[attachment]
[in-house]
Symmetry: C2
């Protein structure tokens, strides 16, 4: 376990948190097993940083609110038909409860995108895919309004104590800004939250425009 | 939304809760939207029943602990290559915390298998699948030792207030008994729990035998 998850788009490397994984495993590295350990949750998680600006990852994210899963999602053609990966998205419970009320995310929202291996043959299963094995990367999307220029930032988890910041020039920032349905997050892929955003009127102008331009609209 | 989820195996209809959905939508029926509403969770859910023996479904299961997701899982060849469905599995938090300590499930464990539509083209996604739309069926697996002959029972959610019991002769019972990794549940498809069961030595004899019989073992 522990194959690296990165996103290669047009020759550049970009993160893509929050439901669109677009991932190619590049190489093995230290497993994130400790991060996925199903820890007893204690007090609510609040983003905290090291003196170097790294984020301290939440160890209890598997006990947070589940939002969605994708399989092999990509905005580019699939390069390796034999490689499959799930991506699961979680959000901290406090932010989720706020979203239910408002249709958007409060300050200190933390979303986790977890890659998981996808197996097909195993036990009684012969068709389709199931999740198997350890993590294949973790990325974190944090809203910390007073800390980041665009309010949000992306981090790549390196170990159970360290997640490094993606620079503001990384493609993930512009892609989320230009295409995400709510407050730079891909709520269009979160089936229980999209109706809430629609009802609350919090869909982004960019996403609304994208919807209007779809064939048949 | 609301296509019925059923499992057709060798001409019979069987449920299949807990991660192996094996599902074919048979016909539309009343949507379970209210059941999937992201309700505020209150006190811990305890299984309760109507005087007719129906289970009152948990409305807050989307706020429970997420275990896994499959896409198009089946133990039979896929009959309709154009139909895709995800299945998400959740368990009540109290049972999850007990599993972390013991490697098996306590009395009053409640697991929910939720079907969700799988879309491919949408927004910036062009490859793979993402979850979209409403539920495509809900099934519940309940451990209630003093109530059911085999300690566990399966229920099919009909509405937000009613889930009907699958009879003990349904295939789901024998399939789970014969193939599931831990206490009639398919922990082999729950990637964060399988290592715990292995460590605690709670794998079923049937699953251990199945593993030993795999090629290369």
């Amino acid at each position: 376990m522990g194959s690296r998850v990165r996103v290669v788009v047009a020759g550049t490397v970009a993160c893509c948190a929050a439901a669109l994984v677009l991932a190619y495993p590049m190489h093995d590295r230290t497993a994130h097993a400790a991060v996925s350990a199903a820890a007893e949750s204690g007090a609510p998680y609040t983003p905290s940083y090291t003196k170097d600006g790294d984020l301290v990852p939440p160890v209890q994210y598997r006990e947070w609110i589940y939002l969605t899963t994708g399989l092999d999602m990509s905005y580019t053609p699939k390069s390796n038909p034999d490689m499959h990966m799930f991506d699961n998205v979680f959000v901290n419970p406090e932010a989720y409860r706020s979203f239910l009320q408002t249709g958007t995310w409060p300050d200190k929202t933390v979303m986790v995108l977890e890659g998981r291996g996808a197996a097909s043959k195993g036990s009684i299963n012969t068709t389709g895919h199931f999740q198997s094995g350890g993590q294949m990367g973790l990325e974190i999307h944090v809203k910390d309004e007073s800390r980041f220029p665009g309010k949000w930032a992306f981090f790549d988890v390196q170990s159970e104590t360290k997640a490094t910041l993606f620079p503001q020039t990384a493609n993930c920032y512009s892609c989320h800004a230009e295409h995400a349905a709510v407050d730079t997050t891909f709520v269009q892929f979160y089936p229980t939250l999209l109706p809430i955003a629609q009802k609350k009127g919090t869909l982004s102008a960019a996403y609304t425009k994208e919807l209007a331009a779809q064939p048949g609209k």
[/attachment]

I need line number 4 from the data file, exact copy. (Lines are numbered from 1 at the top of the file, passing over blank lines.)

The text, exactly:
């Amino acid at each position: 376990m522990g194959s690296r998850v990165r996103v290669v788009v047009a020759g550049t490397v970009a993160c893509c948190a929050a439901a669109l994984v677009l991932a190619y495993p590049m190489h093995d590295r230290t497993a994130h097993a400790a991060v996925s350990a199903a820890a007893e949750s204690g007090a609510p998680y609040t983003p905290s940083y090291t003196k170097d600006g790294d984020l301290v990852p939440p160890v209890q994210y598997r006990e947070w609110i589940y939002l969605t899963t994708g399989l092999d999602m990509s905005y580019t053609p699939k390069s390796n038909p034999d490689m499959h990966m799930f991506d699961n998205v979680f959000v901290n419970p406090e932010a989720y409860r706020s979203f239910l009320q408002t249709g958007t995310w409060p300050d200190k929202t933390v979303m986790v995108l977890e890659g998981r291996g996808a197996a097909s043959k195993g036990s009684i299963n012969t068709t389709g895919h199931f999740q198997s094995g350890g993590q294949m990367g973790l990325e974190i999307h944090v809203k910390d309004e007073s800390r980041f220029p665009g309010k949000w930032a992306f981090f790549d988890v390196q170990s159970e104590t360290k997640a490094t910041l993606f620079p503001q020039t990384a493609n993930c920032y512009s892609c989320h800004a230009e295409h995400a349905a709510v407050d730079t997050t891909f709520v269009q892929f979160y089936p229980t939250l999209l109706p809430i955003a629609q009802k609350k009127g919090t869909l982004s102008a960019a996403y609304t425009k994208e919807l209007a331009a779809q064939p048949g609209k």